Unfortunately, we can’t enjoy an ideal social media network that would balance the freedom of speech with political correctness. Besides, behemoths like Facebook can share your private data or carry out secret mood manipulation experiments. Is Block.one’s Voice an alternative?
Last year, Block.one, the company behind EOS blockchain, announced its ambition to challenge Facebook and develop a social media platform that will reward users with blockchain-based tokens for voicing their opinions.
However, “decentralization” is not a keyword in Voice’s overview and roadmap description. Instead, the platform emphasizes on real identity and transparency thanks to blockchain. In other words, the chances are that Voice will be just another social media platform, though one that hypes around blockchain.
Now, when we speak about social media, I want you to go back to the early days of social media and imagine this scene: Mark Zuckerberg, the founder and CEO of Facebook, was promoting his new platform to college students at Harvard but privately called them “dumb f*cks.” You probably know the leaked exchange of messages between him and his friend, but I’ll put it here as a reminder:
Zuck: yea so if you ever need info about anyone at Harvard
Zuck: just ask
Zuck: i have over 4000 emails, pictures, addresses, sns
Friend: what!? how’d you manage that one?
Zuck: people just submitted it
Zuck: i don’t know why
Zuck: they “trust me”
Zuck: dumb f*cks
Back in those days, privacy actually meant something, but today we love to share every aspect of our life. As it wasn’t enough, social media platforms like Voice call us to enter their ecosystem but only after passing through a verification procedure. Voice is very serious about your real identity.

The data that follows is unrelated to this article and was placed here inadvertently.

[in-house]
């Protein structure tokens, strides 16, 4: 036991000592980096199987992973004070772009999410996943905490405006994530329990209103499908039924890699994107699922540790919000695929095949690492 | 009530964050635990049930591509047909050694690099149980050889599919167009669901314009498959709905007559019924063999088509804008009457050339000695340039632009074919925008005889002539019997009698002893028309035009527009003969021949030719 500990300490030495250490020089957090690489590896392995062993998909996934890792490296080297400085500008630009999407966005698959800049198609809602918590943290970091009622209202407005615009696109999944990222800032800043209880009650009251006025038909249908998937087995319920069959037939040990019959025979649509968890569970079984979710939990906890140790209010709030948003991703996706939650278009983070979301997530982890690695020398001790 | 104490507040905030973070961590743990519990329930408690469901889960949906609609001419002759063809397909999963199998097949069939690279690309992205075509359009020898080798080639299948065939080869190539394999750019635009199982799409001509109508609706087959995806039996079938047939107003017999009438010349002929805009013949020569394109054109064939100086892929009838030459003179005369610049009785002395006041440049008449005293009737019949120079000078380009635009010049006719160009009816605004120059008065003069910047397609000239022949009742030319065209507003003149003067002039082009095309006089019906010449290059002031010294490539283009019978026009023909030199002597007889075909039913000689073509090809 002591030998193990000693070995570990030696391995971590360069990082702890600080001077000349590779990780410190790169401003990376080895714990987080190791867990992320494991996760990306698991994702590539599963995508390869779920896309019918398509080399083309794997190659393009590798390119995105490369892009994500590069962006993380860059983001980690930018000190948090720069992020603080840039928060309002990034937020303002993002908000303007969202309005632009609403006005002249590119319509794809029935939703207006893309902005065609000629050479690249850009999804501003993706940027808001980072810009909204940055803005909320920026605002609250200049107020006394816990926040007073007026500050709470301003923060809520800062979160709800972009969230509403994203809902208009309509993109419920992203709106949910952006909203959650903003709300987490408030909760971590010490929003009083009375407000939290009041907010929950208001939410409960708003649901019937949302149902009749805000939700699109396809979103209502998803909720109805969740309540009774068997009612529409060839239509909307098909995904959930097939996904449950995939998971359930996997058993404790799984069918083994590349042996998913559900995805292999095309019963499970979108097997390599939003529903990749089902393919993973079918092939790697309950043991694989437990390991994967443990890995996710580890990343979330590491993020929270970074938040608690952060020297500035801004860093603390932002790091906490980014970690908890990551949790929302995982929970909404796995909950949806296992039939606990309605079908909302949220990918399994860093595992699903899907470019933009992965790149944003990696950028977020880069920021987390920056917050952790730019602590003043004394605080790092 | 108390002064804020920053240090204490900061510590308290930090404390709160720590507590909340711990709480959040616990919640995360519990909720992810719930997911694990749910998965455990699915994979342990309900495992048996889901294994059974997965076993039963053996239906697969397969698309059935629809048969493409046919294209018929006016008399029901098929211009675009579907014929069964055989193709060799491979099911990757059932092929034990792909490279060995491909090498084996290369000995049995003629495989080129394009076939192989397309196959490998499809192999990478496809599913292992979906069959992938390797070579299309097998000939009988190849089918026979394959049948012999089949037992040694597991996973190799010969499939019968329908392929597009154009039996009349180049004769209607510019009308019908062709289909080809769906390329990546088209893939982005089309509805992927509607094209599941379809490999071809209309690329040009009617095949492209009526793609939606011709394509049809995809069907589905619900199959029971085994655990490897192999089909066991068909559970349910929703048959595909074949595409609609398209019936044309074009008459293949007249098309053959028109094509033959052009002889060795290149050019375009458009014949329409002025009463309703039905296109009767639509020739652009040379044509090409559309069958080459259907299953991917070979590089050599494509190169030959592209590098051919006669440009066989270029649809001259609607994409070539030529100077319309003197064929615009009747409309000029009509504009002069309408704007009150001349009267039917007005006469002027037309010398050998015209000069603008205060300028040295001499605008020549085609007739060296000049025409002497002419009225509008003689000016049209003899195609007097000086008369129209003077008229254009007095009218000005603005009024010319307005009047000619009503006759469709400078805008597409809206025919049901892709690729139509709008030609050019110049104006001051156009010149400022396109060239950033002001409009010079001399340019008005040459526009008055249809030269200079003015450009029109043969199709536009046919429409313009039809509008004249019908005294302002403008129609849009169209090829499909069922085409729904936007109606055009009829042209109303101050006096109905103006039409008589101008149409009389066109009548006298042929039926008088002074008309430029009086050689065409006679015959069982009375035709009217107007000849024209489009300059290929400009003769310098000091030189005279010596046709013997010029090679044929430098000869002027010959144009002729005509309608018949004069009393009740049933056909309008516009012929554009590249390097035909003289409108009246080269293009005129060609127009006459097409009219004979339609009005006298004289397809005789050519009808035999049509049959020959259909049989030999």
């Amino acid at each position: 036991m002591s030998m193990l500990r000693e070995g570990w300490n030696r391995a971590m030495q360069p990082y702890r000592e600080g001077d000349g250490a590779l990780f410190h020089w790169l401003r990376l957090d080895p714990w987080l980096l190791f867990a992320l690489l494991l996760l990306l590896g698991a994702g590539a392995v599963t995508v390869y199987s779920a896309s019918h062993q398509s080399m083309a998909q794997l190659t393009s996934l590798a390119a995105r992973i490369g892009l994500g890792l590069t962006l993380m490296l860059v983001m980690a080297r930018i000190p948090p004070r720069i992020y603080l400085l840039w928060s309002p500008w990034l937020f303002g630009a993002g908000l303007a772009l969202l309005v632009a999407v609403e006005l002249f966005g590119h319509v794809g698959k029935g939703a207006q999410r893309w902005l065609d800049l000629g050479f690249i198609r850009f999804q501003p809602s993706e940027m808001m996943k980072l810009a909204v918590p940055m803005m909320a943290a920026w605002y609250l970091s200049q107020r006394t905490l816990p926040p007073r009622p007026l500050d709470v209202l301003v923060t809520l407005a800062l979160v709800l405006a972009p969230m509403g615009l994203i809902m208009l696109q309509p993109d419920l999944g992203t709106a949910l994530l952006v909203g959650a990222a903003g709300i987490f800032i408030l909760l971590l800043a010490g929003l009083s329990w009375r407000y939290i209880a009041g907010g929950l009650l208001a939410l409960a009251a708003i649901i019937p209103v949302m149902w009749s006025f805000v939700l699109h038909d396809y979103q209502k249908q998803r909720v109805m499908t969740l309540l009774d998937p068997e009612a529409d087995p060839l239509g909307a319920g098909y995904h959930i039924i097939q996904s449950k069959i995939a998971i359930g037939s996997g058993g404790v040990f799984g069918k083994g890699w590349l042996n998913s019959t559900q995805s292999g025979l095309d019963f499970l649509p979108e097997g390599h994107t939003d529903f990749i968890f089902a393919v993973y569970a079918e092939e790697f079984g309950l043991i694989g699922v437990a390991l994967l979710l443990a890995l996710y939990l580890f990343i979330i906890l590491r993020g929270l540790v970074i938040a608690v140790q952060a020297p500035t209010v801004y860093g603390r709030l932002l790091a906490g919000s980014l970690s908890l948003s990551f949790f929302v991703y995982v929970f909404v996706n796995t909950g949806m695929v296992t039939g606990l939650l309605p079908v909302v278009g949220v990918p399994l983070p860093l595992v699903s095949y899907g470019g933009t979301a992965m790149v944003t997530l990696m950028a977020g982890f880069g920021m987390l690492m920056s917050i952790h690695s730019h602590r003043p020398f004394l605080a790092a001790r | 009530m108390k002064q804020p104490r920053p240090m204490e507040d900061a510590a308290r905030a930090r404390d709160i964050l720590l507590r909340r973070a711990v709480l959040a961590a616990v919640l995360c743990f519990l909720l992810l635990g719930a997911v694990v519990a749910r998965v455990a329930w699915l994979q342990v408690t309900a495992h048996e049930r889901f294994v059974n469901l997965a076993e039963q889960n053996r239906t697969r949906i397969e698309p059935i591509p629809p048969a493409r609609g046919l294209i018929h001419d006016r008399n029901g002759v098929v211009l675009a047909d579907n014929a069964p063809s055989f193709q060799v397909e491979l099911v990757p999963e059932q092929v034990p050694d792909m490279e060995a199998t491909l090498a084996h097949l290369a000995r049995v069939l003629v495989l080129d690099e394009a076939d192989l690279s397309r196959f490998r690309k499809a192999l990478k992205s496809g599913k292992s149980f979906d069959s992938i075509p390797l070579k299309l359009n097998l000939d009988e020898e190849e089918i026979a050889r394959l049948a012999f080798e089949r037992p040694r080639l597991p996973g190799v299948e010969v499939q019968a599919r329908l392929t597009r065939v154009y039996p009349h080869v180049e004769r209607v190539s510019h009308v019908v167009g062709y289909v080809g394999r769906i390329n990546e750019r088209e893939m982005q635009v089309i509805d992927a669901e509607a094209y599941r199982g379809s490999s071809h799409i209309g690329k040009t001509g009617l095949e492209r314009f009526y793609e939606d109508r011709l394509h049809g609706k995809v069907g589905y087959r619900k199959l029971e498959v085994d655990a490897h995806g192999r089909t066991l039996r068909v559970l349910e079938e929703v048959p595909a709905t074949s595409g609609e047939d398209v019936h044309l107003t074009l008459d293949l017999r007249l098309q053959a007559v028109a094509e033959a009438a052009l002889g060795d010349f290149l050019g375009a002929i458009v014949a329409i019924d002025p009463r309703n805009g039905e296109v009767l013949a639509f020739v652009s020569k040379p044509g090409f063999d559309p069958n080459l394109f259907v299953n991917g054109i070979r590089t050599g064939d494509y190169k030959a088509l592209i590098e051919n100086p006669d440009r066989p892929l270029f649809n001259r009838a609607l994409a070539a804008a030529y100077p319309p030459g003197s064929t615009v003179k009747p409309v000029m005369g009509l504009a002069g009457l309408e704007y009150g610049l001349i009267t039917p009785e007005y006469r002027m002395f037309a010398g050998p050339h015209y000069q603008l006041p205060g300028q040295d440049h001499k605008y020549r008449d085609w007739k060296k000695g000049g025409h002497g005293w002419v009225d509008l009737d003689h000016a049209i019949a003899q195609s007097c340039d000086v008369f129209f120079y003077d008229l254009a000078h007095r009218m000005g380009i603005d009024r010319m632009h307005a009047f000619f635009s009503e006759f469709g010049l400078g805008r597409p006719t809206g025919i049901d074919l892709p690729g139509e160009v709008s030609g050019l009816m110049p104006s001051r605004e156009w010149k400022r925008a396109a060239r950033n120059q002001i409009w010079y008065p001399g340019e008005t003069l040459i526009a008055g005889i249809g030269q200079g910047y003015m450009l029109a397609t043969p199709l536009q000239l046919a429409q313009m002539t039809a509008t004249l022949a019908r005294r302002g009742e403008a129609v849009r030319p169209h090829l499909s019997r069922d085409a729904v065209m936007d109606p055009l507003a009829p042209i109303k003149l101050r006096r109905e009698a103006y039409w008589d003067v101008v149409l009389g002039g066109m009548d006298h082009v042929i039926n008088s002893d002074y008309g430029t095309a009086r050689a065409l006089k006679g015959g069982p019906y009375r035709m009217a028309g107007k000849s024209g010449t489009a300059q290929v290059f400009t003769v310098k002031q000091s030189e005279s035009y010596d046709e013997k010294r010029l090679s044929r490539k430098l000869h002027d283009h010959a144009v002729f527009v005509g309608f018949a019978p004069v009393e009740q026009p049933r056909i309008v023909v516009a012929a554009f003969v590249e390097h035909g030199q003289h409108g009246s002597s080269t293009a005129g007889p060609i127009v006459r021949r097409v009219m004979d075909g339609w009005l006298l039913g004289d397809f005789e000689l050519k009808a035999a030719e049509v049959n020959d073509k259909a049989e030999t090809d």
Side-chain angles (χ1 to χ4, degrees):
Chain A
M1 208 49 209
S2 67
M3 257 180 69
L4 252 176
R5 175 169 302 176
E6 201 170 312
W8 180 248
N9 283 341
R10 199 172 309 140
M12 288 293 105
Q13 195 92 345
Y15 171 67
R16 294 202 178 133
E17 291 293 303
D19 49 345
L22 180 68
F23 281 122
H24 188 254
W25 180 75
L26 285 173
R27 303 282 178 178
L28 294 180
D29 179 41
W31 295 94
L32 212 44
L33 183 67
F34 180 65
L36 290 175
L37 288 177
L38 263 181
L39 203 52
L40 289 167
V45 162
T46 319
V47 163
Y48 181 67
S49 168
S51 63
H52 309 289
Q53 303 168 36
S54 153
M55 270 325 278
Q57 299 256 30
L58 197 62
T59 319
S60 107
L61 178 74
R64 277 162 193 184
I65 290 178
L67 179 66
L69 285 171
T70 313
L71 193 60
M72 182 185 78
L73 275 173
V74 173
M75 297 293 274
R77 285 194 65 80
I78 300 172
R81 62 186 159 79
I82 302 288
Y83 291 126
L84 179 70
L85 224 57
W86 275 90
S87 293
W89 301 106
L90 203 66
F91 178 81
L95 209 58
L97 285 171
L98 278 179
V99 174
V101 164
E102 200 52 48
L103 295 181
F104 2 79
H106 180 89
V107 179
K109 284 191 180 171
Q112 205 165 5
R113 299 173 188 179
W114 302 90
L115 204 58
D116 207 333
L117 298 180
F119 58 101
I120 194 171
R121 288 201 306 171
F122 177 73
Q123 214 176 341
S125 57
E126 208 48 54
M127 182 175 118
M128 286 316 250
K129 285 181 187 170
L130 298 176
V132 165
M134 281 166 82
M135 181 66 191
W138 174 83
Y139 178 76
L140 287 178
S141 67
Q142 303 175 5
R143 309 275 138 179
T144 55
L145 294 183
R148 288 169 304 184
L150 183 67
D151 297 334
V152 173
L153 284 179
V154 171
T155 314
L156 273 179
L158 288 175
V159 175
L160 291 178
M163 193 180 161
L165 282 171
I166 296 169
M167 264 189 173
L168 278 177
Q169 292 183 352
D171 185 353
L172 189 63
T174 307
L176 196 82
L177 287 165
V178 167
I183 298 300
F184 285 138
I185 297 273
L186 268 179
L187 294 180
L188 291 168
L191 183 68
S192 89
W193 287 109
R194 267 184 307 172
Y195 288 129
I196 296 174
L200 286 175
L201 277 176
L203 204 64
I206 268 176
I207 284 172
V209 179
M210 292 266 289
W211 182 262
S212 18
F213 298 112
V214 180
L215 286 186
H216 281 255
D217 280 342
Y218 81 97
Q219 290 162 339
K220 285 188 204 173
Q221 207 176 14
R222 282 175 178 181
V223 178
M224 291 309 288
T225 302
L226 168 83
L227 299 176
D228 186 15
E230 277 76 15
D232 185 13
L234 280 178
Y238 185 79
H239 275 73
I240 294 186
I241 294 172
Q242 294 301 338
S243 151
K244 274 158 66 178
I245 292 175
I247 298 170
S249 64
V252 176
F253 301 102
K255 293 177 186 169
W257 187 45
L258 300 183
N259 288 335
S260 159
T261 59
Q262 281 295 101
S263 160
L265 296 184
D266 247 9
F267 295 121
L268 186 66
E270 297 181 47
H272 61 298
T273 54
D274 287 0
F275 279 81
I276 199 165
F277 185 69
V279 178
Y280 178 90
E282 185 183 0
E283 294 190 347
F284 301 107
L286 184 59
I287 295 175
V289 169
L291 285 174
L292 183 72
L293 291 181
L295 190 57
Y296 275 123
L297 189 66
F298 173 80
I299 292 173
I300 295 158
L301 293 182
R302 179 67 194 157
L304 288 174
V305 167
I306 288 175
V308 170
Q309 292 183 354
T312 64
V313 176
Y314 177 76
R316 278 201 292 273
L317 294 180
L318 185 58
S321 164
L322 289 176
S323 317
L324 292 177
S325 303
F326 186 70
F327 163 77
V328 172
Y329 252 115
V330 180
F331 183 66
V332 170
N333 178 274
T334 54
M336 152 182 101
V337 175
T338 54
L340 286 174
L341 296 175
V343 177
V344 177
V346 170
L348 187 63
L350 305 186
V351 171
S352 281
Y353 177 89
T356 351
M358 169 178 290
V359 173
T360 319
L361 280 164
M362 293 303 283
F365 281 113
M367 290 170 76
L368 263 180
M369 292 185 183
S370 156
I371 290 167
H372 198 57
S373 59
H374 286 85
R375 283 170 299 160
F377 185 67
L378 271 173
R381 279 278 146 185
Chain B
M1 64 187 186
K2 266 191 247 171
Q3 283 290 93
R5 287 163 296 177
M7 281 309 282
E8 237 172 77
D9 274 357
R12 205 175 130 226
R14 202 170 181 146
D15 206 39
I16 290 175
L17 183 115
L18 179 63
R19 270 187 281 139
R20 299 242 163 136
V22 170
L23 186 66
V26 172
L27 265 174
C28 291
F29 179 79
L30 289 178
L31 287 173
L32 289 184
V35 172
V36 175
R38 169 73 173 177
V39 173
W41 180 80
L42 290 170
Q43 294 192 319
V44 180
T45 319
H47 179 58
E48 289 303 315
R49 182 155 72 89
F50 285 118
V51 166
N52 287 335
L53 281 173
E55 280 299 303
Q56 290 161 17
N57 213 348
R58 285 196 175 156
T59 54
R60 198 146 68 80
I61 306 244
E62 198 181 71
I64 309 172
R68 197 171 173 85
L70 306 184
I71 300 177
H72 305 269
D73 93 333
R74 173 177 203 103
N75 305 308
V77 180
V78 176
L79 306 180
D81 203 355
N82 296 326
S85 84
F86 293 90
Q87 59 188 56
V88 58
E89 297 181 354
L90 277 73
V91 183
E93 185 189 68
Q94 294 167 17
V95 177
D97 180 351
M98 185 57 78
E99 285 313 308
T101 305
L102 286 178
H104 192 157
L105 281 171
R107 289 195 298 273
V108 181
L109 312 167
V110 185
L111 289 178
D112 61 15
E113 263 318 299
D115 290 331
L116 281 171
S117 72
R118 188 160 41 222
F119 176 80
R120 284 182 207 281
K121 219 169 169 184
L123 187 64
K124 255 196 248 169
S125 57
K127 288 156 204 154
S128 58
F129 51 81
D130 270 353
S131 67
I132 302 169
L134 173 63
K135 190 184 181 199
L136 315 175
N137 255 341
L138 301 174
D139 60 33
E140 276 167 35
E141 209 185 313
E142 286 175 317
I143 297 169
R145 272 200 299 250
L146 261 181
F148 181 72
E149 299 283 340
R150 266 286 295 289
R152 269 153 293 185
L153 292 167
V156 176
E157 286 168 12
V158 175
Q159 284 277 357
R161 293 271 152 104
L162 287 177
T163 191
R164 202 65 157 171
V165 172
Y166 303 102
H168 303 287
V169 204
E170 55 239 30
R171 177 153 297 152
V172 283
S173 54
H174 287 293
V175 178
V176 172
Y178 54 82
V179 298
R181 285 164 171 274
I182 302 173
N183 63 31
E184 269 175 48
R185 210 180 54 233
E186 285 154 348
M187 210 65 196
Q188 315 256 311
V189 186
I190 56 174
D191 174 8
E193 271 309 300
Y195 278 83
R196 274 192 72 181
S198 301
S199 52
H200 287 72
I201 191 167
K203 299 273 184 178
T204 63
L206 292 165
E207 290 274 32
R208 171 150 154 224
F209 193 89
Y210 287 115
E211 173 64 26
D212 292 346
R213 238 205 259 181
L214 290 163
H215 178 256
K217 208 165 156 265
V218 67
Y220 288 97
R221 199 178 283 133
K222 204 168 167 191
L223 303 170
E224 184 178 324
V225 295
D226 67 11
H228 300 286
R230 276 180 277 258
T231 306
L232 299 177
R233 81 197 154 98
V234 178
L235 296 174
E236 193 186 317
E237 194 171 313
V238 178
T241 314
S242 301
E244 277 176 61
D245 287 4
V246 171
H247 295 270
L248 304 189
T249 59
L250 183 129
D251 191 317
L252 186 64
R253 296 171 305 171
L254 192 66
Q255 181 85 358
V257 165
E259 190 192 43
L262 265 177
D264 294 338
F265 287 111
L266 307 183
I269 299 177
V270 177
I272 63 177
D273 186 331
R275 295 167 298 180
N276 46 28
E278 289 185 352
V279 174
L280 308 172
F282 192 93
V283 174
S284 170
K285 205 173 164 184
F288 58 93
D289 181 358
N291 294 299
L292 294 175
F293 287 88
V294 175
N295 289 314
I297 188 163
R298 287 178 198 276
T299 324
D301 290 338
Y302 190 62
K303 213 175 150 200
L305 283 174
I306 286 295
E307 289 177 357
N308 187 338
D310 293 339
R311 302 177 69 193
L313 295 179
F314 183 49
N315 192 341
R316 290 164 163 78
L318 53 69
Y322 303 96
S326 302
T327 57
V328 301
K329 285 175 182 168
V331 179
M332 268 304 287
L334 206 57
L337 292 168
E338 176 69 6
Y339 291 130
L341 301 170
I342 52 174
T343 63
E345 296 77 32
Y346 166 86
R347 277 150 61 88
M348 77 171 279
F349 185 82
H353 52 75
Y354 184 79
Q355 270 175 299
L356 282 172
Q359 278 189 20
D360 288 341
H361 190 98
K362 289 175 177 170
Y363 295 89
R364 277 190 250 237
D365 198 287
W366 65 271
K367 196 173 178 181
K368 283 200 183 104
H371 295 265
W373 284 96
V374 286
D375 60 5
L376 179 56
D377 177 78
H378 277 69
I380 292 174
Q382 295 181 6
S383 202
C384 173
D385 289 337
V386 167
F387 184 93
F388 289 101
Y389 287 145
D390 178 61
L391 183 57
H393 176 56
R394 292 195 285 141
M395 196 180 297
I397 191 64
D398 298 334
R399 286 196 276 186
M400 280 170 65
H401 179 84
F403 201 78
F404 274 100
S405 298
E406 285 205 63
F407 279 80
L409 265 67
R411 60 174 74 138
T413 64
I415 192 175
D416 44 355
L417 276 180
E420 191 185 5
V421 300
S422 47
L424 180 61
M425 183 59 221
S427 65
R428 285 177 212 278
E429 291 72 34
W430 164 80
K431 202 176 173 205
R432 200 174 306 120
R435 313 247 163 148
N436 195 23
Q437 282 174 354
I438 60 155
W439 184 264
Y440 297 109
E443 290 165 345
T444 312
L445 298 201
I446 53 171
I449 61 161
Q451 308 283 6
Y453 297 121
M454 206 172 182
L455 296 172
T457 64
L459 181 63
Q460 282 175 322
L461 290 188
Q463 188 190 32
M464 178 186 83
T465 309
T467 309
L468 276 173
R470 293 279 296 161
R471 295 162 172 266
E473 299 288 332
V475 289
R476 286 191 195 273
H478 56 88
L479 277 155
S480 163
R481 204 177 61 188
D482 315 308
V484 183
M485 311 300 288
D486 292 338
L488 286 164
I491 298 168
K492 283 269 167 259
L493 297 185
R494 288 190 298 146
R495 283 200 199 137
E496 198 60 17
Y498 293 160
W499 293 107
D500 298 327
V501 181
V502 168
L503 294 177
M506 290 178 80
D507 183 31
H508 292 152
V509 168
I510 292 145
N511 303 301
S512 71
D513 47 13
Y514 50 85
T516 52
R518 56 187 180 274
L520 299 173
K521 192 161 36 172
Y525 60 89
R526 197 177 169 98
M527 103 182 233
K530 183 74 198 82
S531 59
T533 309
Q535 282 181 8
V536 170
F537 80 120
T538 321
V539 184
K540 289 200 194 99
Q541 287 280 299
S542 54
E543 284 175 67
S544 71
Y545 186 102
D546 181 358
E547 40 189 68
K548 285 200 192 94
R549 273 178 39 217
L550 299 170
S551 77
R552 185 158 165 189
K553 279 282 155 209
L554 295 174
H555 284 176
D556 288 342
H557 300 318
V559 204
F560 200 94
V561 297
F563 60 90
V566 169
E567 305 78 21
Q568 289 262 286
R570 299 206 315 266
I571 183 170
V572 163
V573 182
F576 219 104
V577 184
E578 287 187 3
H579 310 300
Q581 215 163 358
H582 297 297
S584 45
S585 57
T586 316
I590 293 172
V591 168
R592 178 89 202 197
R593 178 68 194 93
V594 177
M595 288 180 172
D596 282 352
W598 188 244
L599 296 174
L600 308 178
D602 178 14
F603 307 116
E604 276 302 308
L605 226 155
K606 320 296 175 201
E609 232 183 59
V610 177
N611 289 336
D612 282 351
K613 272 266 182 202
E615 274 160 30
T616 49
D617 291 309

Those who like nicknames and avatars even though they keep decent have no place on Voice.
There Can’t Be Any True Social Media that Respects Everyone’s Opinion and Privacy
In fact, don’t expect a social media platform that will satisfy all users equally. People are different and there will always be someone offended by someone else’s opinion. However, for the sake of freedom of speech, a degree of offense and indignation is natural and must be allowed. Otherwise, we will never have debates.
Voice promotes itself as a platform that allows users to voice their opinions and get rewards for that. While the platform might succeed in eliminating hidden algorithms and data auctioneering, it will not benefit all users equally. This is impossible in our diverse world – it’s a utopia.
Thus, Voice won’t allow its real “human” users to voice all kinds of opinions. Instead, there will be moderation to prevent “fake news, bullying, and manipulation.” In other words, Voice will likely leave what it likes and censor what it doesn’t consider to be politically correct. As the company explained:
Moderation is still a concern and the rules governing its application generally rest beyond the controls of platform operators, and in the hands of regulators and applicable laws. As a company we believe in freedom of speech, and will prioritize that value while operating within the constraints of all laws and regulations.
However, terms like bullying and manipulation are quite ambiguous in today’s twisted, politically correct world, meaning that the definitions are decided by those who rule the party. For example, this op-ed story might be regarded as “bully,” because it doesn’t endorse Voice as a true, decentralized social media platform. Also, it can be regarded as “manipulation” because it encourages the audience to stay away from platforms that pretend to respect your voice but uses moderation governed by a centralized body. In reality, it is nothing else than an opinion.
What do you think about Voice? Would you trust sharing your personal data with it?
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